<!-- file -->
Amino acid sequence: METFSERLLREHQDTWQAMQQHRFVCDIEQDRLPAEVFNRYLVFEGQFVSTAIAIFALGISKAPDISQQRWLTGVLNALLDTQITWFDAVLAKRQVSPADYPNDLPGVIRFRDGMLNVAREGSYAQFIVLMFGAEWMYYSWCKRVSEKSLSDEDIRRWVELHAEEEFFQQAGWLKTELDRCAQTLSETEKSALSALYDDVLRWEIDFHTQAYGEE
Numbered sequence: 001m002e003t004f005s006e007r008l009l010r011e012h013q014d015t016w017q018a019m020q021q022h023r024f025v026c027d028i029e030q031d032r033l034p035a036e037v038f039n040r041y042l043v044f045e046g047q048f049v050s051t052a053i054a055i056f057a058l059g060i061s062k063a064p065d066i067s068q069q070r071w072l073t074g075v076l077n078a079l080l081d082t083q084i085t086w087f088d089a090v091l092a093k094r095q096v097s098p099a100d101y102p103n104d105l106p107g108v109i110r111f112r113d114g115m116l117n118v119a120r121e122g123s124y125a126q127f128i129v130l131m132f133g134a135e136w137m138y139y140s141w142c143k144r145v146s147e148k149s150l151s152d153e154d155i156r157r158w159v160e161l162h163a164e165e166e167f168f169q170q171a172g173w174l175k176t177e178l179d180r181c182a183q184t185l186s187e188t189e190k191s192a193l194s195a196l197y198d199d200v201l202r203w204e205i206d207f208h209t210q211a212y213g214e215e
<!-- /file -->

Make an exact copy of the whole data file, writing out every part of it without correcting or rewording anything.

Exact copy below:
Amino acid sequence: METFSERLLREHQDTWQAMQQHRFVCDIEQDRLPAEVFNRYLVFEGQFVSTAIAIFALGISKAPDISQQRWLTGVLNALLDTQITWFDAVLAKRQVSPADYPNDLPGVIRFRDGMLNVAREGSYAQFIVLMFGAEWMYYSWCKRVSEKSLSDEDIRRWVELHAEEEFFQQAGWLKTELDRCAQTLSETEKSALSALYDDVLRWEIDFHTQAYGEE
Numbered sequence: 001m002e003t004f005s006e007r008l009l010r011e012h013q014d015t016w017q018a019m020q021q022h023r024f025v026c027d028i029e030q031d032r033l034p035a036e037v038f039n040r041y042l043v044f045e046g047q048f049v050s051t052a053i054a055i056f057a058l059g060i061s062k063a064p065d066i067s068q069q070r071w072l073t074g075v076l077n078a079l080l081d082t083q084i085t086w087f088d089a090v091l092a093k094r095q096v097s098p099a100d101y102p103n104d105l106p107g108v109i110r111f112r113d114g115m116l117n118v119a120r121e122g123s124y125a126q127f128i129v130l131m132f133g134a135e136w137m138y139y140s141w142c143k144r145v146s147e148k149s150l151s152d153e154d155i156r157r158w159v160e161l162h163a164e165e166e167f168f169q170q171a172g173w174l175k176t177e178l179d180r181c182a183q184t185l186s187e188t189e190k191s192a193l194s195a196l197y198d199d200v201l202r203w204e205i206d207f208h209t210q211a212y213g214e215e